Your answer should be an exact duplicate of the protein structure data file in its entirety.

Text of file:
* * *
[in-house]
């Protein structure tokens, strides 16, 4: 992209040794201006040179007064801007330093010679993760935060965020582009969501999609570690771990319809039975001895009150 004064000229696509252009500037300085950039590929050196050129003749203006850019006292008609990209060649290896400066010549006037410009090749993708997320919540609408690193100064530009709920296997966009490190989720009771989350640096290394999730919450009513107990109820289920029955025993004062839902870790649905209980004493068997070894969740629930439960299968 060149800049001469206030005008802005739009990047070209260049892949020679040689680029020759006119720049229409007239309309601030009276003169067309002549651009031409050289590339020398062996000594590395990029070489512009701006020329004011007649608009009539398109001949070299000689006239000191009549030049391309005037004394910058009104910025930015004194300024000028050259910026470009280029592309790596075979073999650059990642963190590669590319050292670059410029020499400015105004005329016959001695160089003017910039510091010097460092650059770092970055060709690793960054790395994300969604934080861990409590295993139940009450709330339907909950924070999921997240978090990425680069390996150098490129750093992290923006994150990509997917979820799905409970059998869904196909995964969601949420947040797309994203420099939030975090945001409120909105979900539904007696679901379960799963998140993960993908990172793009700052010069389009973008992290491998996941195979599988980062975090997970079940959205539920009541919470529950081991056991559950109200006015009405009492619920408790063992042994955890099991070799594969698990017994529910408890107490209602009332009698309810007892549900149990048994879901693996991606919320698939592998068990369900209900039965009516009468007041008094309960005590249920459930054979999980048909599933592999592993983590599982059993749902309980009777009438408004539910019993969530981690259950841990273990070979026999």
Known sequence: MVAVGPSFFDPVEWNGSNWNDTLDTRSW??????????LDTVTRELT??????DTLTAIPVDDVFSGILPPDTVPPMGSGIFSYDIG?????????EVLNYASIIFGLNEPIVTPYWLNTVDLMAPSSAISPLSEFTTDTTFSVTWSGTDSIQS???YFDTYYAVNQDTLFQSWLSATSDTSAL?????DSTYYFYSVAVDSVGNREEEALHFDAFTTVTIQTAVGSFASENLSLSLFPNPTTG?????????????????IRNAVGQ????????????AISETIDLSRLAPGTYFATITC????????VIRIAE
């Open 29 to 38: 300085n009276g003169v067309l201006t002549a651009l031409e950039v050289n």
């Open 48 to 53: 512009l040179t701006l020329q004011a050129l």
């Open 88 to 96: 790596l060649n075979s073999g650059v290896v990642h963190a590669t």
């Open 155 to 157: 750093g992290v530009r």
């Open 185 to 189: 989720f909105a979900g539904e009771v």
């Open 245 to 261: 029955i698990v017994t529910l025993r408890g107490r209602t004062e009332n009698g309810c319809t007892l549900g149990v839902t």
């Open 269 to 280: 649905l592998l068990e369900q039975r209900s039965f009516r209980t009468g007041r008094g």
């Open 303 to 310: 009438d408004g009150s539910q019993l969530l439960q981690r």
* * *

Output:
[in-house]
């Protein structure tokens, strides 16, 4: 992209040794201006040179007064801007330093010679993760935060965020582009969501999609570690771990319809039975001895009150 004064000229696509252009500037300085950039590929050196050129003749203006850019006292008609990209060649290896400066010549006037410009090749993708997320919540609408690193100064530009709920296997966009490190989720009771989350640096290394999730919450009513107990109820289920029955025993004062839902870790649905209980004493068997070894969740629930439960299968 060149800049001469206030005008802005739009990047070209260049892949020679040689680029020759006119720049229409007239309309601030009276003169067309002549651009031409050289590339020398062996000594590395990029070489512009701006020329004011007649608009009539398109001949070299000689006239000191009549030049391309005037004394910058009104910025930015004194300024000028050259910026470009280029592309790596075979073999650059990642963190590669590319050292670059410029020499400015105004005329016959001695160089003017910039510091010097460092650059770092970055060709690793960054790395994300969604934080861990409590295993139940009450709330339907909950924070999921997240978090990425680069390996150098490129750093992290923006994150990509997917979820799905409970059998869904196909995964969601949420947040797309994203420099939030975090945001409120909105979900539904007696679901379960799963998140993960993908990172793009700052010069389009973008992290491998996941195979599988980062975090997970079940959205539920009541919470529950081991056991559950109200006015009405009492619920408790063992042994955890099991070799594969698990017994529910408890107490209602009332009698309810007892549900149990048994879901693996991606919320698939592998068990369900209900039965009516009468007041008094309960005590249920459930054979999980048909599933592999592993983590599982059993749902309980009777009438408004539910019993969530981690259950841990273990070979026999």
Known sequence: MVAVGPSFFDPVEWNGSNWNDTLDTRSW??????????LDTVTRELT??????DTLTAIPVDDVFSGILPPDTVPPMGSGIFSYDIG?????????EVLNYASIIFGLNEPIVTPYWLNTVDLMAPSSAISPLSEFTTDTTFSVTWSGTDSIQS???YFDTYYAVNQDTLFQSWLSATSDTSAL?????DSTYYFYSVAVDSVGNREEEALHFDAFTTVTIQTAVGSFASENLSLSLFPNPTTG?????????????????IRNAVGQ????????????AISETIDLSRLAPGTYFATITC????????VIRIAE
């Open 29 to 38: 300085n009276g003169v067309l201006t002549a651009l031409e950039v050289n």
């Open 48 to 53: 512009l040179t701006l020329q004011a050129l």
């Open 88 to 96: 790596l060649n075979s073999g650059v290896v990642h963190a590669t």
């Open 155 to 157: 750093g992290v530009r």
């Open 185 to 189: 989720f909105a979900g539904e009771v």
């Open 245 to 261: 029955i698990v017994t529910l025993r408890g107490r209602t004062e009332n009698g309810c319809t007892l549900g149990v839902t």
């Open 269 to 280: 649905l592998l068990e369900q039975r209900s039965f009516r209980t009468g007041r008094g």
């Open 303 to 310: 009438d408004g009150s539910q019993l969530l439960q981690r």